4. PET FRIENDLY! Yes, for a small fee of 40€ you can take your dog. Make sure you buy a float jacket ahead of time and spend your peaceful moments teaching him how to fetch the tennis ball into the vast waters. Just tell him it’s a big pool – it worked for us!

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So, as you can imagine, I was the private chef on the boat! I basically cooked and served whatever my dear mother thought we needed most. I can assure you, we could of survived another week, easily and comfortably, without starving. Here you have it:

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Petisco lunch: veggies from our farm (cherry tomato, cucumber, green pepper, onion and cilantro with a balsamic + red wine vinegar combination), assorted deli such as Presunto, honey roasted ham, Queijo de Azeitão, healthy seedy crackers, bread, tinned preserved fish and, of course, beer! A 15 minute gathering of ingredients so we could make the best of our first day, with little hassle.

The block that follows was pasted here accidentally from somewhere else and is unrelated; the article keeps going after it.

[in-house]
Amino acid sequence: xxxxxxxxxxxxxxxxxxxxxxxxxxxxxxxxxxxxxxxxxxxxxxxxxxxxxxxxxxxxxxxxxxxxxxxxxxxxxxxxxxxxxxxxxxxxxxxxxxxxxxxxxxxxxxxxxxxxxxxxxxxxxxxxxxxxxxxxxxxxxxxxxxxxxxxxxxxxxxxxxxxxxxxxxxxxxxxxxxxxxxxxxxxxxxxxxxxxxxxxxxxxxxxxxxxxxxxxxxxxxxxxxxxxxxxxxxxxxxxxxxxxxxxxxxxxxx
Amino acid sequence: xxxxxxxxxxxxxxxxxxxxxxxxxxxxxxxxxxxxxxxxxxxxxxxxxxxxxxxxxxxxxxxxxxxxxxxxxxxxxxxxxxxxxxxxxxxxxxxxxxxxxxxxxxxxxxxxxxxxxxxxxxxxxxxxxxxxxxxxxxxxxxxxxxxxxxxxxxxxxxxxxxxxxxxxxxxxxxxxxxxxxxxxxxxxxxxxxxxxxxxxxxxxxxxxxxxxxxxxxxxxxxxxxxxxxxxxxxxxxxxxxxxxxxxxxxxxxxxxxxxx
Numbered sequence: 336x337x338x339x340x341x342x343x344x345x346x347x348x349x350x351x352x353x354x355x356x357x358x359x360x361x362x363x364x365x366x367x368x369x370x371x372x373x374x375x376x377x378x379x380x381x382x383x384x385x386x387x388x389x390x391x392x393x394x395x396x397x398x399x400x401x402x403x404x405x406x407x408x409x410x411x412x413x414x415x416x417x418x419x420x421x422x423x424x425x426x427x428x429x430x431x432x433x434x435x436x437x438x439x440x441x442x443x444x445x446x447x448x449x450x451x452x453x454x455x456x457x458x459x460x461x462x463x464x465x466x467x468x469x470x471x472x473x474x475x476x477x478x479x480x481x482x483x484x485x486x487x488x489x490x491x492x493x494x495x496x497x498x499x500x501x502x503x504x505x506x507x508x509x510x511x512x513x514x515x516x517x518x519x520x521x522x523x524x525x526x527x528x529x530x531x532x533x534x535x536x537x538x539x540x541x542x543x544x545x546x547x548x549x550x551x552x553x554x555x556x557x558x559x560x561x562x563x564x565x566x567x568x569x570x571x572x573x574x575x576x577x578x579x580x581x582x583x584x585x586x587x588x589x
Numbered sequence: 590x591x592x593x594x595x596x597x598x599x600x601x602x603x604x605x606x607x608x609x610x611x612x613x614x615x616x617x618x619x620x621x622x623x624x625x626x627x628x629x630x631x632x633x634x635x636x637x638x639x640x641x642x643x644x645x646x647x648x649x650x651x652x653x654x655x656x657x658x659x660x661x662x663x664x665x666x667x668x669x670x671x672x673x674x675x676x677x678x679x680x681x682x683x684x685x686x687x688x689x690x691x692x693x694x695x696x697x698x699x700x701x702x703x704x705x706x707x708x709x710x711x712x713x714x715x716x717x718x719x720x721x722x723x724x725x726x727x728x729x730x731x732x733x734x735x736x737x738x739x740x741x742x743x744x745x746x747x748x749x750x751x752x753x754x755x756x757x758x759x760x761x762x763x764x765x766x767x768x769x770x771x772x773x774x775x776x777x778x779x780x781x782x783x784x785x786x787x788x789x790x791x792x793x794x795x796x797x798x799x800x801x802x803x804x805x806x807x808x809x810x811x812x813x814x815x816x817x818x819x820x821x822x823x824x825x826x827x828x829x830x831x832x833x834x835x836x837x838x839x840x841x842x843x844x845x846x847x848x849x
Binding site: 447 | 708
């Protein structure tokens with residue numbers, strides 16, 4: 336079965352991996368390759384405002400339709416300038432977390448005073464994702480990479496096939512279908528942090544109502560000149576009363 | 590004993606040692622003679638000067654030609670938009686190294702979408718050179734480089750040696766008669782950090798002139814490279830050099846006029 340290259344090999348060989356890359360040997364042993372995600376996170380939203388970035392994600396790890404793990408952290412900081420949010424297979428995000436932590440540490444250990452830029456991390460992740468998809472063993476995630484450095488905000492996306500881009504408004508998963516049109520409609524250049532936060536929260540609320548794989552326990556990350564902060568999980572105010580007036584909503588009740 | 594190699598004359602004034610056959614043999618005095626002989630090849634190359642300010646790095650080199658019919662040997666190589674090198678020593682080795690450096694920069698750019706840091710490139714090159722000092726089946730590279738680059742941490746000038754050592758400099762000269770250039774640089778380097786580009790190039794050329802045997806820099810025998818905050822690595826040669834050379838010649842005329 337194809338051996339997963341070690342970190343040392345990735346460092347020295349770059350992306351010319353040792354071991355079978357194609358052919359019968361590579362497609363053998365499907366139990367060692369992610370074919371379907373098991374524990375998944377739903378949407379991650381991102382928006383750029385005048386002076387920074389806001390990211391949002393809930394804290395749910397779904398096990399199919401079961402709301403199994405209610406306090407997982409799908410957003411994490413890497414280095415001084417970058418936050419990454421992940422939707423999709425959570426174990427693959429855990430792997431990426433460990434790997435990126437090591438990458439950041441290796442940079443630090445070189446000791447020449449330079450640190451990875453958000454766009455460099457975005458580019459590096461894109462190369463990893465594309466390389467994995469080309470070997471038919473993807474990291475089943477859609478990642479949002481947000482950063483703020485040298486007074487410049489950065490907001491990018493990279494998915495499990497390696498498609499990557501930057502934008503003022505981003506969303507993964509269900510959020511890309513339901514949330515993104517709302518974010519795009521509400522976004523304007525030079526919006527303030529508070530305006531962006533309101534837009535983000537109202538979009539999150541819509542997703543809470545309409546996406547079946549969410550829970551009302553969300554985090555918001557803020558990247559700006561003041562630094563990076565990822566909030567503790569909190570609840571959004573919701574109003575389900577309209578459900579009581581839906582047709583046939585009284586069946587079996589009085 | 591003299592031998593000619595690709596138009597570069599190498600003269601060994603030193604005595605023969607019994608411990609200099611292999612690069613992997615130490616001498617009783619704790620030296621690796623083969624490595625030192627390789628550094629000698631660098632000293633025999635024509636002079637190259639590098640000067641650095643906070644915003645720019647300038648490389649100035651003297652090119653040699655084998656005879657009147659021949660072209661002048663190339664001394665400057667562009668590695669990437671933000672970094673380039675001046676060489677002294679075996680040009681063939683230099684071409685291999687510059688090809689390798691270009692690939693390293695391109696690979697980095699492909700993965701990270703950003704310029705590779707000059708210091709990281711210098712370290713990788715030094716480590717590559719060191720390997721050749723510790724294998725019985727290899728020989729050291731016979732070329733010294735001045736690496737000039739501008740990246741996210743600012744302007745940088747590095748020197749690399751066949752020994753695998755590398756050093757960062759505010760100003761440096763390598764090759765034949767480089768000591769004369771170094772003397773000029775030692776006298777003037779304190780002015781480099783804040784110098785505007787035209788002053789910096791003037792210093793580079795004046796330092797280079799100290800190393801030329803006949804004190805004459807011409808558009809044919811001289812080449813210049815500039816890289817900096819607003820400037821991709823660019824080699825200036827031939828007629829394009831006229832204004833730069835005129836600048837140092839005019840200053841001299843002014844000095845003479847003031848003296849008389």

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Do you like my smoked mackerel cracker bruschetta?

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Waking up to this? Could get used to it, easily.

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Breakfast with a view! Eggs, cheese, portuguese bread and butter. Some preserved asparagus – ovinhos com espargos is a very traditional Alentejano tidbit.

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Stopped in Campinho on our second day where we found a park with tables, benches and embedded BBQ’s through the so called park. Plenty of friendly families who shared their burning coals so we could make a grilled veggie salad and some chicken breast marinated with pimentão doce (paprika), bay leaf, olive oil, salt, pepper and white wine.